6:00 p.m. Begin departing
More COVID-19 precautions - Consider not serving food. Limit the gathering time to 45 minute to avoid the need for restroom usage.Also, singing may not be wise in a small, confined space. Other options include someone playing an instrumental or ensemble together, reciting a poem, memorizing and reading hymns together interspersed with prayer, Bible reading and reflection (e.g. lectio divina).
How does the house church stay connected to the primary local church?
The designated leaders are trained, accountable to, and appointed by the pastor and staff. A local church board might confer a local minister's license to each house church leader.
Designated leaders report the meeting times in advance and accurately to the pastor and church staff for promotion on the web site or social media. House Church leaders also track and report participation in the house church. They are also responsible for giving prayer requests and concerns to the pastor and church staff.
Offerings are best handled through online giving opportunities. If cash and checks are given, designated leaders are to bring to the pastor and/or church office the following day. Or, mobilize the finance team/board members to collect the offerings and bring to the church office for accounting and deposit.
The pastor and/or church staff may distribute announcements (written copies or weblinks to online videos), as well as give leaders the weekly discussion questions for the sermon/teaching times, and share prayer requests.
Host families may display a yard sign showing connection to the primary church with contact info, websites, and maybe leaflets with take-home information.
Board members could be asked to host or attend the house church gathering nearest them. One or two board members could volunteer to visit multiple house church gatherings as a means of accountability.
What makes this “count” as going to church?
The BGS definition of church as gathering for “spiritual nurture, worship, or instruction” is consistent with the message and mission of the Church of the Nazarene whether the gathering is in a church building, in a house, or anywhere else.
There will be three essential elements in every gathering (borrowing language from Neil Cole):
How can house churches still feel unified as to the local church?
This morning I presented a training session on posmodern evangelism to over twenty church leaders from across the United States and from Kenya. The hope is to be humble enough to listen, draw near, and engage people in conversation along the journey toward Christ--the trajectory of grace through the threshold of faith. Below is the downloadable powerpoint file.
Later, I will be able to link to a video of the training session.
Thanks to Black Dog Coffeeshop in Lenexa, Kansas for providing the necessary caffeine for an early Saturday morning. And, to the Lord, for pointing us all toward the Life we all seek.
Link to the video file on dropbox: CLICK HERE
"The biblical tradition reveals that whenever the prophetic gift is lacking in any group or religion, such a group will very soon be self-serving, self-perpetuating, and self-promoting. Without prophetic criticism, all sense of mission and message is lost. Establishments of any kind usually move toward their own self-perpetuation, rather than 'What are we doing for the world?' In fact, the question of mission is not even asked because self-perpetuation has become an end in itself."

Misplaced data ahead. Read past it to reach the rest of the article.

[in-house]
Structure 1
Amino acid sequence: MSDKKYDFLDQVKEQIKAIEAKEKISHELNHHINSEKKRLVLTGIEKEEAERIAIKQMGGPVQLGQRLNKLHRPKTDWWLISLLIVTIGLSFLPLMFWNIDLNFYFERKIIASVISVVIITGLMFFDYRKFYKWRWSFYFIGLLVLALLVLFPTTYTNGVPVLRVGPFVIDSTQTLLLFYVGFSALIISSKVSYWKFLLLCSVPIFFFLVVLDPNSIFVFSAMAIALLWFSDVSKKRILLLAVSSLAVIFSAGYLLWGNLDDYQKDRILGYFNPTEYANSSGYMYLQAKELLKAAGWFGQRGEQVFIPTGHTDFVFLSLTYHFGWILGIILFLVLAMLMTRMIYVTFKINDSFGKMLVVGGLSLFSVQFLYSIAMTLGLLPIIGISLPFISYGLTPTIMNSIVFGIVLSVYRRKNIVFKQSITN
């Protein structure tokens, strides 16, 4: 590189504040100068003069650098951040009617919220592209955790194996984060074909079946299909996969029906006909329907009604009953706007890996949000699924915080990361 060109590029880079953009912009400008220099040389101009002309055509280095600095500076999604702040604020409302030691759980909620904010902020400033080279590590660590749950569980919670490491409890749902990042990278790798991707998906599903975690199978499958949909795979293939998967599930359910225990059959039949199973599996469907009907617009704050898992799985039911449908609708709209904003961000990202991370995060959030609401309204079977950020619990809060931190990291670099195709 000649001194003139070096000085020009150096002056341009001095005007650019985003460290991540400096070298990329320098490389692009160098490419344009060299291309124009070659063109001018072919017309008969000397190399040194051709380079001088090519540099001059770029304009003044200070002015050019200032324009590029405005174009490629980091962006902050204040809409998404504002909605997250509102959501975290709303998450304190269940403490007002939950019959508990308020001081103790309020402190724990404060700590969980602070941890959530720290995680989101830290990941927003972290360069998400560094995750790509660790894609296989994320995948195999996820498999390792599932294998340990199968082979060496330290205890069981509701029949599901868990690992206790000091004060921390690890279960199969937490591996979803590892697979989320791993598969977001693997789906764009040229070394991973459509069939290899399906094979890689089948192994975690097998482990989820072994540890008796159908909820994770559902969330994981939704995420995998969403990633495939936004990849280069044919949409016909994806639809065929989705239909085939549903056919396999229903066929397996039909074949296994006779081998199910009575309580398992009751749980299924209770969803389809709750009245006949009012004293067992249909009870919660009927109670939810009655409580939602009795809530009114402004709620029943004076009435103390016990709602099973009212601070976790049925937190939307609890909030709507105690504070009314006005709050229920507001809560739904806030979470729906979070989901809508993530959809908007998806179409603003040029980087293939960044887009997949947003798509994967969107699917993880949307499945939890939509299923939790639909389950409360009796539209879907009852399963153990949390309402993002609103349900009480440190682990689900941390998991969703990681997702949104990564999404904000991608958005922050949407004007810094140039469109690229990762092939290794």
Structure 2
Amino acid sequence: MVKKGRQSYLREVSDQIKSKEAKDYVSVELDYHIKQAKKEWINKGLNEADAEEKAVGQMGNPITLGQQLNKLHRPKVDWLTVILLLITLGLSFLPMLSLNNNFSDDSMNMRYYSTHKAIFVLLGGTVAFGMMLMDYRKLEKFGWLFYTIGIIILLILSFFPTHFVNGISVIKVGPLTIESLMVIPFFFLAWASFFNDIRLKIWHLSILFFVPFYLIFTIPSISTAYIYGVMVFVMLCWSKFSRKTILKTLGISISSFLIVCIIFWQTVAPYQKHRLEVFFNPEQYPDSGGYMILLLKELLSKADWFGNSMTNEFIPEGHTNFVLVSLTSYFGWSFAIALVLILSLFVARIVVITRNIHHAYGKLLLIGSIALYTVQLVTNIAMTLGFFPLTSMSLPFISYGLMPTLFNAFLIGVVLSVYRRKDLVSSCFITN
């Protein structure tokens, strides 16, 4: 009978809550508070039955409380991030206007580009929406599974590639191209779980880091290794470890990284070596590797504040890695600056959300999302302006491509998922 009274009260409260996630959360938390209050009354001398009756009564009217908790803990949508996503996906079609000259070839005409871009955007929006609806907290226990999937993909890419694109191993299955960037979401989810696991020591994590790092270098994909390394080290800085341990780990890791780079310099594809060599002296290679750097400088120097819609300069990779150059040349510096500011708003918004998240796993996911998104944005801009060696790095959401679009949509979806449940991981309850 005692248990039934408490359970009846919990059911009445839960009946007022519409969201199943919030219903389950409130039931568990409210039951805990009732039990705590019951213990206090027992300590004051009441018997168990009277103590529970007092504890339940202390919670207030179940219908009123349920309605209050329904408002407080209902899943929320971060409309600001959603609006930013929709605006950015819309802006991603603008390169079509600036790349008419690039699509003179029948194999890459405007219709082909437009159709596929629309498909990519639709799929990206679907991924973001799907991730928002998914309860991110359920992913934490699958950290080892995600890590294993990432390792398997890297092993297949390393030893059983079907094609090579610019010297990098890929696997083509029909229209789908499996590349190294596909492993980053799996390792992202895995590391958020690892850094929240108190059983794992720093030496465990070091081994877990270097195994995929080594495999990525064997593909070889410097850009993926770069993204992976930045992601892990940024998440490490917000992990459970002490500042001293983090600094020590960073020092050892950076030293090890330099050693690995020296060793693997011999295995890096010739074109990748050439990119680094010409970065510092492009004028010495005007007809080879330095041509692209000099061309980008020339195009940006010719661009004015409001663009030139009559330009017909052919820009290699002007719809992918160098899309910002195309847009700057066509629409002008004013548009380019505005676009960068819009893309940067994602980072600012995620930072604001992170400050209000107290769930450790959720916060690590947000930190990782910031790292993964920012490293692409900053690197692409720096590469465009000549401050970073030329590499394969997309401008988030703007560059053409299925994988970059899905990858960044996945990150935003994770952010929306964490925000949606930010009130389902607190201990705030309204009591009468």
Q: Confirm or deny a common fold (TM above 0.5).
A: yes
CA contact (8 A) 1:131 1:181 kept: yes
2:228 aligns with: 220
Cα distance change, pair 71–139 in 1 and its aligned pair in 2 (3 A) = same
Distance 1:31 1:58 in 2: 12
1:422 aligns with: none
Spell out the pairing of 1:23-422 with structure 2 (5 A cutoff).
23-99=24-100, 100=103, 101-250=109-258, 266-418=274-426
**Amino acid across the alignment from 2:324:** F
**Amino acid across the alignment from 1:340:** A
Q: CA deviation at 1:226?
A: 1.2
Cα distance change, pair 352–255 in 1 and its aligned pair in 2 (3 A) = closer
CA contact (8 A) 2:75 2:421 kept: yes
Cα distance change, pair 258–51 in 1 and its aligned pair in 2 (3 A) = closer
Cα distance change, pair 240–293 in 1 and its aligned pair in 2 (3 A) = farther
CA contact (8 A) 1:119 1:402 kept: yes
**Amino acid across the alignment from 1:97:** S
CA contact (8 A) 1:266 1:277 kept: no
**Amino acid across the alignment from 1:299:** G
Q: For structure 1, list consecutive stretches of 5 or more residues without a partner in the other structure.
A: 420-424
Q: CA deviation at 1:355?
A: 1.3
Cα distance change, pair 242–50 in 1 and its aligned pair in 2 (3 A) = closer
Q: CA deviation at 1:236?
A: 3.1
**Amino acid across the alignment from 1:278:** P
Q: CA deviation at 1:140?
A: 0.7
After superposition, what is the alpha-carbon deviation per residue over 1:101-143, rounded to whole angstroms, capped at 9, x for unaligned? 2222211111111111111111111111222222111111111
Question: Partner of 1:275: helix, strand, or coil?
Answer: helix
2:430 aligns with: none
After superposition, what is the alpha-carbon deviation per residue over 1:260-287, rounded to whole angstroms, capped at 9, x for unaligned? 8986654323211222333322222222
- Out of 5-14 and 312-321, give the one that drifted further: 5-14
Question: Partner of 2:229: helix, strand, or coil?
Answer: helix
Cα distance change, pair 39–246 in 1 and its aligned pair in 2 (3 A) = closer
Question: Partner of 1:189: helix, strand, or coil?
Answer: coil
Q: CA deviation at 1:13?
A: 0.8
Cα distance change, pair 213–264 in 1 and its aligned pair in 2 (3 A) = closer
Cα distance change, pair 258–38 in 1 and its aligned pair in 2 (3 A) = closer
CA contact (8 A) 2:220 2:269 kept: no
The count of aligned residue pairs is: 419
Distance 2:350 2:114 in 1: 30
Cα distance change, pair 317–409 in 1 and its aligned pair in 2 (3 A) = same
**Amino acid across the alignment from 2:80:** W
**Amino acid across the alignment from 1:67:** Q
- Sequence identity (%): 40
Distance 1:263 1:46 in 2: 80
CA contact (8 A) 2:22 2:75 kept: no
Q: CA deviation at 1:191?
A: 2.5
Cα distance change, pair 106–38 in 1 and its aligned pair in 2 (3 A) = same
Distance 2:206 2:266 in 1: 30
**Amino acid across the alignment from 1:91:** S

- Richard Rohr, Daily Meditations 2018
About one-fourth of the churches in the Front Range megaregion are designated as ethnic.
Only 15 have assigned pastors; one is in a dual charge assignment.
Two of the 15 assigned pastors are women.
Twelve percent have more than 75 in average worship attendance.
One out of every ten Nazarene members on this megaregion belongs to an ethnic church.
The predominant ethnicity is Hispanic.
There are six female Nazarene senior assigned pastors in the Front Range megaregion.
That's 8% of the senior assigned pastors here.
The largest church attendance with a female pastor is 92; however, the median attendance is 25.
Two-thirds of the women have served in their current assignment for less than eight years.
It seems as if there is going to be enough churches to reach the coming population expansion in this megaregion, women seeking ministry will have to be sought, encouraged, and nurtured into ministry just as much as men. There is a clear emphasis on male leadership when there honestly may not be enough men available or responding to the call to preach.
Whatever may be the case, where are the women and who will open doors, clear the pathway, and become mentors for them?
What would it take for a current pastor to mentor more women into ministry?
There are 75 senior assigned pastors on this megaregion, one pastor has a dual assignment in two churches. There are 17 churches without an assigned pastor.
The median tenure for pastors on this megaregion is 2012. That means half of the pastors have been in their current assignment since this date.
One-third of these pastors have been in their assignments for less than four years, and another one-third for more than eight years. Eighteen pastors have been in their assignments for more than a decade.
Median worship attendance at churches with an assigned pastor is 57.
This is for a population of 5.5 million (see second image below). This megaregion will add another 4.8 million people in the next three decades.
If the current number of pastors (75) is maintained during the population growth that will occur, the following ratios apply: